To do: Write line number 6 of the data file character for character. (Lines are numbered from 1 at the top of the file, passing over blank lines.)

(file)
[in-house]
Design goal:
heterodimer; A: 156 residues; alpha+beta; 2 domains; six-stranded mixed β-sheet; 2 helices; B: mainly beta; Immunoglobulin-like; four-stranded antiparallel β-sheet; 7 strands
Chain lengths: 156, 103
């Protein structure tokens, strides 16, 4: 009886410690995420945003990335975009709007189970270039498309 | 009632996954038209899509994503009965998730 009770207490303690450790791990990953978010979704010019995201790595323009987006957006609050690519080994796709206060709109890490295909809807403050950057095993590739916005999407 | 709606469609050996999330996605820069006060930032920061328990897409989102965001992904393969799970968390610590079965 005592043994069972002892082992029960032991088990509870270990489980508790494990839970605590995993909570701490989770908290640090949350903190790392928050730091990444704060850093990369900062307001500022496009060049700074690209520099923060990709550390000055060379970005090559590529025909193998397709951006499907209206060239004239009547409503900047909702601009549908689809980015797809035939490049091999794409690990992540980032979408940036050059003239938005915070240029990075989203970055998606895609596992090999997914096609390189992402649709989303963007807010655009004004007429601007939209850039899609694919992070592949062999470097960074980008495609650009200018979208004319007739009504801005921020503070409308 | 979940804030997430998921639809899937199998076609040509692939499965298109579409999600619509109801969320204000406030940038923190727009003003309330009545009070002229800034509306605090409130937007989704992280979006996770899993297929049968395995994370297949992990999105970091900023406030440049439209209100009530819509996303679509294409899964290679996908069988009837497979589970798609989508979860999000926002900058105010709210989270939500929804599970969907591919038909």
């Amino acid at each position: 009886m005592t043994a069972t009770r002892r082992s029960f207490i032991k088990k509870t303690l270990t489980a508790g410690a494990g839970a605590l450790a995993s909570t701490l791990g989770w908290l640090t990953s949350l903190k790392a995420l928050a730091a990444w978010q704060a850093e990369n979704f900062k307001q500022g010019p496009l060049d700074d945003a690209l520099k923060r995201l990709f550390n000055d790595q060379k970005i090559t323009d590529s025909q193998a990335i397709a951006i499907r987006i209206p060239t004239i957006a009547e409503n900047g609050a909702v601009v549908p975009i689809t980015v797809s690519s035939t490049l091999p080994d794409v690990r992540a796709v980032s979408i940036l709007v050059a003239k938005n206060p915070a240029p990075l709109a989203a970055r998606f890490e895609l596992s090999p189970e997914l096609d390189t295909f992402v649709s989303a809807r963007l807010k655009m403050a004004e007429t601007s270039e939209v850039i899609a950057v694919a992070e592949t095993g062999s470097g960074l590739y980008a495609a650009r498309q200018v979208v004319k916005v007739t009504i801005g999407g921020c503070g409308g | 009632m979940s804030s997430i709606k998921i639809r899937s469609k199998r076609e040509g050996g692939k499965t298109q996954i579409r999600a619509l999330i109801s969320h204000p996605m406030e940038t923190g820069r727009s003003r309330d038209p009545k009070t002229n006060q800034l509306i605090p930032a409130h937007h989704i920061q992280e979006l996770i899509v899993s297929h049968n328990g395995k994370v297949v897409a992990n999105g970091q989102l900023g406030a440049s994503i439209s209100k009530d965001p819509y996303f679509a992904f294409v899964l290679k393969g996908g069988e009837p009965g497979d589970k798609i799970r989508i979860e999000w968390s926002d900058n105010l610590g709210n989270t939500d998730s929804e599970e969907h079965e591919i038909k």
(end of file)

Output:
């Amino acid at each position: 009886m005592t043994a069972t009770r002892r082992s029960f207490i032991k088990k509870t303690l270990t489980a508790g410690a494990g839970a605590l450790a995993s909570t701490l791990g989770w908290l640090t990953s949350l903190k790392a995420l928050a730091a990444w978010q704060a850093e990369n979704f900062k307001q500022g010019p496009l060049d700074d945003a690209l520099k923060r995201l990709f550390n000055d790595q060379k970005i090559t323009d590529s025909q193998a990335i397709a951006i499907r987006i209206p060239t004239i957006a009547e409503n900047g609050a909702v601009v549908p975009i689809t980015v797809s690519s035939t490049l091999p080994d794409v690990r992540a796709v980032s979408i940036l709007v050059a003239k938005n206060p915070a240029p990075l709109a989203a970055r998606f890490e895609l596992s090999p189970e997914l096609d390189t295909f992402v649709s989303a809807r963007l807010k655009m403050a004004e007429t601007s270039e939209v850039i899609a950057v694919a992070e592949t095993g062999s470097g960074l590739y980008a495609a650009r498309q200018v979208v004319k916005v007739t009504i801005g999407g921020c503070g409308g | 009632m979940s804030s997430i709606k998921i639809r899937s469609k199998r076609e040509g050996g692939k499965t298109q996954i579409r999600a619509l999330i109801s969320h204000p996605m406030e940038t923190g820069r727009s003003r309330d038209p009545k009070t002229n006060q800034l509306i605090p930032a409130h937007h989704i920061q992280e979006l996770i899509v899993s297929h049968n328990g395995k994370v297949v897409a992990n999105g970091q989102l900023g406030a440049s994503i439209s209100k009530d965001p819509y996303f679509a992904f294409v899964l290679k393969g996908g069988e009837p009965g497979d589970k798609i799970r989508i979860e999000w968390s926002d900058n105010l610590g709210n989270t939500d998730s929804e599970e969907h079965e591919i038909k």